Shaikh Abdul Aziz Alu Al Sheikh:
If you desire entertainment you haven’t been reading enough Qur’an
H/T: Gates of Vienna
Such activities distract people from their work and prevent them from achieving professional success. Saudi society is increasingly showing signs of strains between a very conservative religious leadership and youth who want greater openness and freedom. In eight days more than 25,000 Saudis attend screening of Saudi-made comedy.
Theatrical performance, whether it is a cinema or a song, would generally make an impression that is against Sharia. People need only those (art forms) that are useful to them to change their way of life (in an Islamic manner),” he decreed.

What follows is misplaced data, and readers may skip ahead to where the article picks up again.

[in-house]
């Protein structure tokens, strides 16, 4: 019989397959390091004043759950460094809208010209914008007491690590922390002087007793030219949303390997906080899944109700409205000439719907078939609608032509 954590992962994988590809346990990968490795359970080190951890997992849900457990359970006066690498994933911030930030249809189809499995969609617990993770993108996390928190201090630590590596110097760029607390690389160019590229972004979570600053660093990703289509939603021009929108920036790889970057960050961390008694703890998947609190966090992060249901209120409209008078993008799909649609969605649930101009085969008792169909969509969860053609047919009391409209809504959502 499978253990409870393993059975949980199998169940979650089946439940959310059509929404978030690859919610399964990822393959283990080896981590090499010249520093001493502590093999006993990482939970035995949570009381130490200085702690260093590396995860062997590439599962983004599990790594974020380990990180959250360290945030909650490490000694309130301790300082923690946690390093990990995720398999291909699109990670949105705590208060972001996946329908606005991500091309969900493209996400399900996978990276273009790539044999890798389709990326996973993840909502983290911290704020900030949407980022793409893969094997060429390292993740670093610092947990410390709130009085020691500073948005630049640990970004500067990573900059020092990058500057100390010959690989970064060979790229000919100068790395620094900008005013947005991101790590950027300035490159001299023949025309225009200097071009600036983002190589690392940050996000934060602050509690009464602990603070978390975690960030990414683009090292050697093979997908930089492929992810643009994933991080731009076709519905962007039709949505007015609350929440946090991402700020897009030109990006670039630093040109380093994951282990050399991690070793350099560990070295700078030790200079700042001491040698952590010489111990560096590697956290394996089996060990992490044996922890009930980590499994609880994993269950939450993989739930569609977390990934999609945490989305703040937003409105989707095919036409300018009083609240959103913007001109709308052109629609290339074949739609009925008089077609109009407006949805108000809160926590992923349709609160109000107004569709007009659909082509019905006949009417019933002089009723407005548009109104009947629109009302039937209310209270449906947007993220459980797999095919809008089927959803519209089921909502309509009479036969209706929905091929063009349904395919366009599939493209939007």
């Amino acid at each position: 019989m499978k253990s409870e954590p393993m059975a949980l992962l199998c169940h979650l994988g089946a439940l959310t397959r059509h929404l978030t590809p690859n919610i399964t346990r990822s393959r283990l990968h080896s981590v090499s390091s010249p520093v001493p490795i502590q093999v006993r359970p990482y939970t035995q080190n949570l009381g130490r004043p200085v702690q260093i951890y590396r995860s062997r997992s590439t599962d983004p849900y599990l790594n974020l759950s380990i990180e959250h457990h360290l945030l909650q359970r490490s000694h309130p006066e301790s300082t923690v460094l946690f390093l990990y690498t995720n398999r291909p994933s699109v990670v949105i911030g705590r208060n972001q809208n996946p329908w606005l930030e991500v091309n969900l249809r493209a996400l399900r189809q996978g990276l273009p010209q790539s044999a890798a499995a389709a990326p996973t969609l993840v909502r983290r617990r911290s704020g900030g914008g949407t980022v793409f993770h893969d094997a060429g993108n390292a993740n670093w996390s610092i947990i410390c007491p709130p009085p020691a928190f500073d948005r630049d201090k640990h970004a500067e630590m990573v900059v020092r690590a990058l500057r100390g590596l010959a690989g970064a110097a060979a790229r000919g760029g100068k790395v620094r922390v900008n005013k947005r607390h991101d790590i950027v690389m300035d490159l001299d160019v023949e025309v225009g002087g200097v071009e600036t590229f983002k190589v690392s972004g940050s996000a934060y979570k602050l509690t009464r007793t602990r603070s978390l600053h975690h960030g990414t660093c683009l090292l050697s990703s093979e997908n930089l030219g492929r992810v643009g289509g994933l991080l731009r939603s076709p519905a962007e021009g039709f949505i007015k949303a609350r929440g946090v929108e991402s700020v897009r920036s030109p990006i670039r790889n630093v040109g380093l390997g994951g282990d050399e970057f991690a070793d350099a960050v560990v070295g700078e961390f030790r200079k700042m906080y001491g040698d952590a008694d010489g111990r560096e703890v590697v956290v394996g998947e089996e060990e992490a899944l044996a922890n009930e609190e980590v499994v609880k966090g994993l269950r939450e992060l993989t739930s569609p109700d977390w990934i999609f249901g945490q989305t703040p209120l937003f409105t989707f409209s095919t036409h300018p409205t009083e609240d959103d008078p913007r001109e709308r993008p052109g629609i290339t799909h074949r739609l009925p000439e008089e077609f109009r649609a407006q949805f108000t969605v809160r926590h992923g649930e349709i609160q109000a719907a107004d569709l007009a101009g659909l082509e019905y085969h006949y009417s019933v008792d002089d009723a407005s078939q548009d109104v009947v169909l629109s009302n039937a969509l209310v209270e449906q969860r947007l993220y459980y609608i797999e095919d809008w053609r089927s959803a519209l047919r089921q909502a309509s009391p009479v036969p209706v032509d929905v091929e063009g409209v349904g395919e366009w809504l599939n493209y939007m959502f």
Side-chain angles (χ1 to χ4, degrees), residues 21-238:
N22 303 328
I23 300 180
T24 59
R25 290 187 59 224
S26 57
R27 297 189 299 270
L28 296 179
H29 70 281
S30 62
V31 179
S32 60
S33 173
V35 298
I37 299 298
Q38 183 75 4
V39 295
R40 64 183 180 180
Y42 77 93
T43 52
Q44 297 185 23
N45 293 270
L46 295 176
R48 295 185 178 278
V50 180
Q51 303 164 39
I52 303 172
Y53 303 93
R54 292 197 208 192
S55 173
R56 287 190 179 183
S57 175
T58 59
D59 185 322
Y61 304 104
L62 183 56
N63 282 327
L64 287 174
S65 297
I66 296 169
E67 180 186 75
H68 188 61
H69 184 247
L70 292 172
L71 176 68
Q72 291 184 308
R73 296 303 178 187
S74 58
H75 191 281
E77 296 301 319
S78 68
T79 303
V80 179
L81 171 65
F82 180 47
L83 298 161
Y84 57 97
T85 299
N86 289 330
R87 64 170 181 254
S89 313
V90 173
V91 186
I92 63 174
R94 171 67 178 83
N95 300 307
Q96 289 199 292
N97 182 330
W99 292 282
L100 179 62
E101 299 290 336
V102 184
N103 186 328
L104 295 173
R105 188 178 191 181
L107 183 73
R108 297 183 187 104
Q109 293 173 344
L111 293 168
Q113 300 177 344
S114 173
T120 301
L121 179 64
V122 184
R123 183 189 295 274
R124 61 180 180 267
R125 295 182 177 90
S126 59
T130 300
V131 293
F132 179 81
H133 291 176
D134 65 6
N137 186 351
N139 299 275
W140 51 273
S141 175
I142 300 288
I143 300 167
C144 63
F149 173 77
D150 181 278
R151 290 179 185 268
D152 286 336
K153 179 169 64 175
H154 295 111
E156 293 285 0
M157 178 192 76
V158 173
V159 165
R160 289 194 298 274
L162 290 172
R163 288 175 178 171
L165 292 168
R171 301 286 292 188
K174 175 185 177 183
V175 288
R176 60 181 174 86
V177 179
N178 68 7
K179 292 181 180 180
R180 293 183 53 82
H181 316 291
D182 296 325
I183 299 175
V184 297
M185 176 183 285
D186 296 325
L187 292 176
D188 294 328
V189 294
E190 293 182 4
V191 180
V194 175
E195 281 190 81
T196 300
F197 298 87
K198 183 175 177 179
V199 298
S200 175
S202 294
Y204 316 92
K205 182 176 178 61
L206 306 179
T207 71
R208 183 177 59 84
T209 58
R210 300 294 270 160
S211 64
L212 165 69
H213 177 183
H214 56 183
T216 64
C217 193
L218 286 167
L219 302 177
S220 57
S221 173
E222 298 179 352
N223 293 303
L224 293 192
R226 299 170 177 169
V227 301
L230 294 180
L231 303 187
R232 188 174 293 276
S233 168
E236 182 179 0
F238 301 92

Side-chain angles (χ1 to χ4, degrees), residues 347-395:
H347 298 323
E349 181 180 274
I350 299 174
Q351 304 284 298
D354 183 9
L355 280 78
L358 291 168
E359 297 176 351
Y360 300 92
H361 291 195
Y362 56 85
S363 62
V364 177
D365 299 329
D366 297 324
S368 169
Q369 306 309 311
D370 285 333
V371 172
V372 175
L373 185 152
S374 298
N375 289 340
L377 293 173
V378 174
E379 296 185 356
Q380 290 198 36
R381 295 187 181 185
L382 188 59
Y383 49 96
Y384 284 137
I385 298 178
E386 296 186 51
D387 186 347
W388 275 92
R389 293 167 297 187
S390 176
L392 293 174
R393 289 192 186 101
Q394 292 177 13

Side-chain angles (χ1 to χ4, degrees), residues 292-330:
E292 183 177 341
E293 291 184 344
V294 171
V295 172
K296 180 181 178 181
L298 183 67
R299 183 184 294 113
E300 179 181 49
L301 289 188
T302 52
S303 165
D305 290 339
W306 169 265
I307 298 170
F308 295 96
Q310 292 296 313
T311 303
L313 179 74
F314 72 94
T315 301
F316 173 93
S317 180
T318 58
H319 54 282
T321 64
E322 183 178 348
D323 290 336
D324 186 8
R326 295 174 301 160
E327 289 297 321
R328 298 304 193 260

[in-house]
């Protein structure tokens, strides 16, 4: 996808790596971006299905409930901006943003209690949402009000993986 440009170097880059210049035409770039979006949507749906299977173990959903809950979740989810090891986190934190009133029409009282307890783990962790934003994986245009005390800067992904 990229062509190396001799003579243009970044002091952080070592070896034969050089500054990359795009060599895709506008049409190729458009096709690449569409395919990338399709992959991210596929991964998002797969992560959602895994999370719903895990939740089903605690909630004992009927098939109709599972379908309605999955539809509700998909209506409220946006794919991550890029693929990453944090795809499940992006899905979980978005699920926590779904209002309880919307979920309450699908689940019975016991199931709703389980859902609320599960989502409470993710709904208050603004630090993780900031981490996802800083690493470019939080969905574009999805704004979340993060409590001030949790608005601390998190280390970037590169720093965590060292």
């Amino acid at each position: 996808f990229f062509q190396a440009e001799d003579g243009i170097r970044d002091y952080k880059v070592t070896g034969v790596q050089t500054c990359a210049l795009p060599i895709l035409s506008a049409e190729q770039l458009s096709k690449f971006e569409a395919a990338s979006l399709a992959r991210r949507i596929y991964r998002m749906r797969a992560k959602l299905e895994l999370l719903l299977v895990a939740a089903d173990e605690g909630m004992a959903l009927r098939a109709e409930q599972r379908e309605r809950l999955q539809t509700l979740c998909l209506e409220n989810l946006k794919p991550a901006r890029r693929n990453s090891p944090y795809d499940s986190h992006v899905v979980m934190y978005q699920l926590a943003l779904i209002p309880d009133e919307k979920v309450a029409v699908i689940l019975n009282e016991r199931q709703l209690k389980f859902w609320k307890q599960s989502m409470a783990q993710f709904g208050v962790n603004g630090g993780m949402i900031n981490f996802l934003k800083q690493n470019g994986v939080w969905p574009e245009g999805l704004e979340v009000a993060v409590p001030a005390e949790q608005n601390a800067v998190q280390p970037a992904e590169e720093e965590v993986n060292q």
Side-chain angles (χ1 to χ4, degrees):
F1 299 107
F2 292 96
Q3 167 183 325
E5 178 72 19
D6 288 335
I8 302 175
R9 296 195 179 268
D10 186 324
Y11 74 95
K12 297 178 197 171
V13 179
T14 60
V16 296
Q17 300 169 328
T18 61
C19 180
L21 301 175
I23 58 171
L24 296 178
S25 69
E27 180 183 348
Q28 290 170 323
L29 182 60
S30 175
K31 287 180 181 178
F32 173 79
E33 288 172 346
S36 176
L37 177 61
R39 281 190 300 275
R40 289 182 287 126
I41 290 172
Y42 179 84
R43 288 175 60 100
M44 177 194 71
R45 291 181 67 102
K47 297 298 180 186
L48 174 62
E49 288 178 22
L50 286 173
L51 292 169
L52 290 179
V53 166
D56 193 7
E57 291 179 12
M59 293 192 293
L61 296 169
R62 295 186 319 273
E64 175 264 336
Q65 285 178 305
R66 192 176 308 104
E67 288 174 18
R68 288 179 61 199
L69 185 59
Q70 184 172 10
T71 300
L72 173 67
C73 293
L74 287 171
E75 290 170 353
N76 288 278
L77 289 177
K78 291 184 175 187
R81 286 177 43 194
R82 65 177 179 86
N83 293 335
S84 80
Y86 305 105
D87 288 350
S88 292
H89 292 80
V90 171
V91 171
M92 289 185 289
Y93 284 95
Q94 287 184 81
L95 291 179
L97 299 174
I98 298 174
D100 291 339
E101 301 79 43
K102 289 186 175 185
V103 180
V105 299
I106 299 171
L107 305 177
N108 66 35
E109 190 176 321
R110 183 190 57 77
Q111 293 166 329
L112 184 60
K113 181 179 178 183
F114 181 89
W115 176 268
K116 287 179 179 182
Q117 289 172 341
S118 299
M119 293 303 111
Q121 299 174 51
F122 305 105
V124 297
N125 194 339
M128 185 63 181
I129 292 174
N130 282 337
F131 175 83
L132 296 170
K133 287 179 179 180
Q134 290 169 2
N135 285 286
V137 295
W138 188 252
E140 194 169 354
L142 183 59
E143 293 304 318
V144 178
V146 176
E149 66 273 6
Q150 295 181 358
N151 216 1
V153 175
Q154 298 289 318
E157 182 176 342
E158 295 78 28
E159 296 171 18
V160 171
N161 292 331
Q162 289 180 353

Last year the Grand Mufti issued an edict, in which he slammed Turkish soap operas like ‘Nour’ and ‘The Last Years,’ the hottest shows on Arab TV, describing them as “so much evil” that “they destroy people’s ethics and are against our values.”
The mufti’s pronouncements are however a sign that Saudi society is increasingly split between a ruling establishment made up of very conservative clerics who espoused strict adherence to Islamic precepts and a broader group of more liberal-oriented young Saudis who want greater openness, more freedom for women and a greater range of entertainment.
Like young people across the Middle East young Saudis routinely go online which gives them access to US action movies, but they cannot go to the movies, an issue that is still taboo.